First (edited) publication in 1486 and is divided into 10 books about;
· Book II: Building materials and constructions
· Book III: Temple construction
· Book IV: Temple proportions of columns
· Book V: Public buildings (theatres and baths)
· Book VI: Private and agricultural buildings
· Book VII: Floors and stucco decorations
· Book VIII: Water installations
· Book IX: Astronomy
· Book X: Civil and military engines
According to book 1, Chaer 3, “The Department of Architecture” of Vitruvius’s writings, all
architecture must exhibit certain qualities. These qualities are firmitas, utilitas and
Firmitas: meaning strength and endurance which refers to the structural stability of the building and also the buildings longevity. This would be achieved by the building of solid foundations and the use of good materials.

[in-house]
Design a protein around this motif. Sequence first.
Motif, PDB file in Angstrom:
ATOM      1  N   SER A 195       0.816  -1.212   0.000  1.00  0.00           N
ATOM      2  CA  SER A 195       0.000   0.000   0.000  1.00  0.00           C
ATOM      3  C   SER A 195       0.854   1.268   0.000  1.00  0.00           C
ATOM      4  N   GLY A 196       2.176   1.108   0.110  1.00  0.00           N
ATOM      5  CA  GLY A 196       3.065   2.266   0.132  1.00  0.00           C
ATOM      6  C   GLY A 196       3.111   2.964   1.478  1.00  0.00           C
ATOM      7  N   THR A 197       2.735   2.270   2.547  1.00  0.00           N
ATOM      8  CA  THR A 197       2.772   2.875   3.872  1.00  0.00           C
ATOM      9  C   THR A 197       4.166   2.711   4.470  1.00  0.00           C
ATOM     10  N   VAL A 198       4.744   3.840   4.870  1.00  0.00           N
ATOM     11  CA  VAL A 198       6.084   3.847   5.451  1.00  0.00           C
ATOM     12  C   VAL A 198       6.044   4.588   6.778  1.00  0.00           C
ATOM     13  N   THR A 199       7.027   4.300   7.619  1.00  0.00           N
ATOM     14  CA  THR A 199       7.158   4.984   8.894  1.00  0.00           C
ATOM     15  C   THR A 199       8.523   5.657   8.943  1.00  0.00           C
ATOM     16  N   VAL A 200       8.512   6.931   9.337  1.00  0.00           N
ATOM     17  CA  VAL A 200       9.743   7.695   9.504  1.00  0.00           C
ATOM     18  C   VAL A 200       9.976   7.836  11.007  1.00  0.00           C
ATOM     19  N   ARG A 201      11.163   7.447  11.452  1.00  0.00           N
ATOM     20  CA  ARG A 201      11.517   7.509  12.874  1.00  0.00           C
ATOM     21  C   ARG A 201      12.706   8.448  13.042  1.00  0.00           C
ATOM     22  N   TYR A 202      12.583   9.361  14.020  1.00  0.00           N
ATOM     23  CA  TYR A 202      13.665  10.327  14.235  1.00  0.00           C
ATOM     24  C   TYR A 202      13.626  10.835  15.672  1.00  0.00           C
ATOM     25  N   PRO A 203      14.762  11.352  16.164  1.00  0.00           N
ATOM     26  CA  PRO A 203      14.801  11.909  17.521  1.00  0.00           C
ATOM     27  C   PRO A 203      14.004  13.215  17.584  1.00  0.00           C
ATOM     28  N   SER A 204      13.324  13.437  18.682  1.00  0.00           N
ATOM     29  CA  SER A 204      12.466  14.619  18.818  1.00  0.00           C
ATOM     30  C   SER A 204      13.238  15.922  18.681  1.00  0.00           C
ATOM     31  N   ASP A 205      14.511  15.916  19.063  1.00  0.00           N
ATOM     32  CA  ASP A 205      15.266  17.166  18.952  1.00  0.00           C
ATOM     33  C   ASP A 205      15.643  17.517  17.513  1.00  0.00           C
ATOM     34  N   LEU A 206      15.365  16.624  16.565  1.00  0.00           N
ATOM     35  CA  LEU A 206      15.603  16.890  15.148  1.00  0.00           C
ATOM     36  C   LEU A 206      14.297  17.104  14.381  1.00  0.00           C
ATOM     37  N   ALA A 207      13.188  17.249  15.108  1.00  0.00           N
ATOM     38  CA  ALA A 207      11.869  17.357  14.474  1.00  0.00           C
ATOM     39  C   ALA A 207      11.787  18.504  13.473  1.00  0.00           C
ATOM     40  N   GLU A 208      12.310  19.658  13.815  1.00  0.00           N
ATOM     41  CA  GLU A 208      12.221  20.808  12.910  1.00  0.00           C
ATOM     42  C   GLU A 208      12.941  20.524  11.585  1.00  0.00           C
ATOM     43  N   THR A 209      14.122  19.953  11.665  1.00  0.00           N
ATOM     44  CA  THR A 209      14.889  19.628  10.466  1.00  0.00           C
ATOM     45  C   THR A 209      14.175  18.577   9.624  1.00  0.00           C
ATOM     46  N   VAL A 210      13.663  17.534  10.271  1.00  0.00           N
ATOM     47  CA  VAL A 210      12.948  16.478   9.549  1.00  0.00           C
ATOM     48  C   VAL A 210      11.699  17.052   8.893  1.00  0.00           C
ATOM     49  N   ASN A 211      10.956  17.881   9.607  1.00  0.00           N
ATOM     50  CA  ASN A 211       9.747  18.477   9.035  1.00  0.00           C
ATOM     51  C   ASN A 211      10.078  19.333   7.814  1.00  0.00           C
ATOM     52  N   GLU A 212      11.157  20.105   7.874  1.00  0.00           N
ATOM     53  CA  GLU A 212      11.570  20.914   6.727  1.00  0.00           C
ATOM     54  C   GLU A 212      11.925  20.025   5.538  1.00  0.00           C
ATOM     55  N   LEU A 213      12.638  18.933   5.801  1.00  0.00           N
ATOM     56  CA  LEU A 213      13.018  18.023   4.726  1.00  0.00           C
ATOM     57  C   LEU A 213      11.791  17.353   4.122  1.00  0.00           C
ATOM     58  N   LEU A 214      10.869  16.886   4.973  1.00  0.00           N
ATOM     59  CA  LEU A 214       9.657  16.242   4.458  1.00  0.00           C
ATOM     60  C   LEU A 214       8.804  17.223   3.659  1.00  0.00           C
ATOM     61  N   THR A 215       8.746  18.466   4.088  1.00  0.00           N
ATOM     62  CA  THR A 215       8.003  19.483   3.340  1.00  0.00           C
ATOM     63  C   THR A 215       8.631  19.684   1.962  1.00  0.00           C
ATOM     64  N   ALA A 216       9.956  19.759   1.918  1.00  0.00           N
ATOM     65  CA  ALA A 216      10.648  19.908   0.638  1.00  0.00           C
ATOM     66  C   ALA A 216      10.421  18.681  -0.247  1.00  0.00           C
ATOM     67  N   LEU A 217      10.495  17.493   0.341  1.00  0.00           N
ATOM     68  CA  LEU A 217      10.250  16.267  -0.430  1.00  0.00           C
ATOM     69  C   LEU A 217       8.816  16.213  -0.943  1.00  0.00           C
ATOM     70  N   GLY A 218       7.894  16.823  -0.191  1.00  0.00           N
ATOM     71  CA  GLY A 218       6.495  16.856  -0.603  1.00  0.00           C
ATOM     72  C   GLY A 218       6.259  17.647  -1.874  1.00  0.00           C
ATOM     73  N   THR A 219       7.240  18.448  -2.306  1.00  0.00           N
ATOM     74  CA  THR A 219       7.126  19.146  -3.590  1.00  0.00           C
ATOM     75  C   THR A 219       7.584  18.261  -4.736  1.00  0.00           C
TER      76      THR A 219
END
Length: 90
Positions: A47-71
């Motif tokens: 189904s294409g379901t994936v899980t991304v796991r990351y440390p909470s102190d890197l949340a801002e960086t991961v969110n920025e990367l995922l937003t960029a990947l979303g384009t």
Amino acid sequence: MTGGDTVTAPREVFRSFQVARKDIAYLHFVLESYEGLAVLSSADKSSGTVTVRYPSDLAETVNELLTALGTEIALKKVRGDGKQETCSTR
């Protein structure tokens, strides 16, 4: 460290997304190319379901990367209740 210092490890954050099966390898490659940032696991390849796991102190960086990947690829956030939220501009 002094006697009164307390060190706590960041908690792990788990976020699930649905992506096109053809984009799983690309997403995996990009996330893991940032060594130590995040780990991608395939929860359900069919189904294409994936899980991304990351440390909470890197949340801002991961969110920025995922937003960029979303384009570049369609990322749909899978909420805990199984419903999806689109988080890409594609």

Utilitas: meaning utility and usefulness. This is achieved by the spaces being situated correctly to ensure the functionality of the building and to efficiently facilitate the buildings purpose.
Venustas: meaning beauty and aesthetics. This is achieved by creating a pleasant appearance to the building and in the creation of proportionate spaces within that obey the laws of symmetry.
The Panthen, Rome
Even though the Pantheon was built after Vitruvius’s death it is a good example of roman architecture that displays the three qualities discussed above.
|Exterior view of the Panteon, Rome|
|Interior view of the Panteon, Rome|
|Drawings of the Panteon, Rome|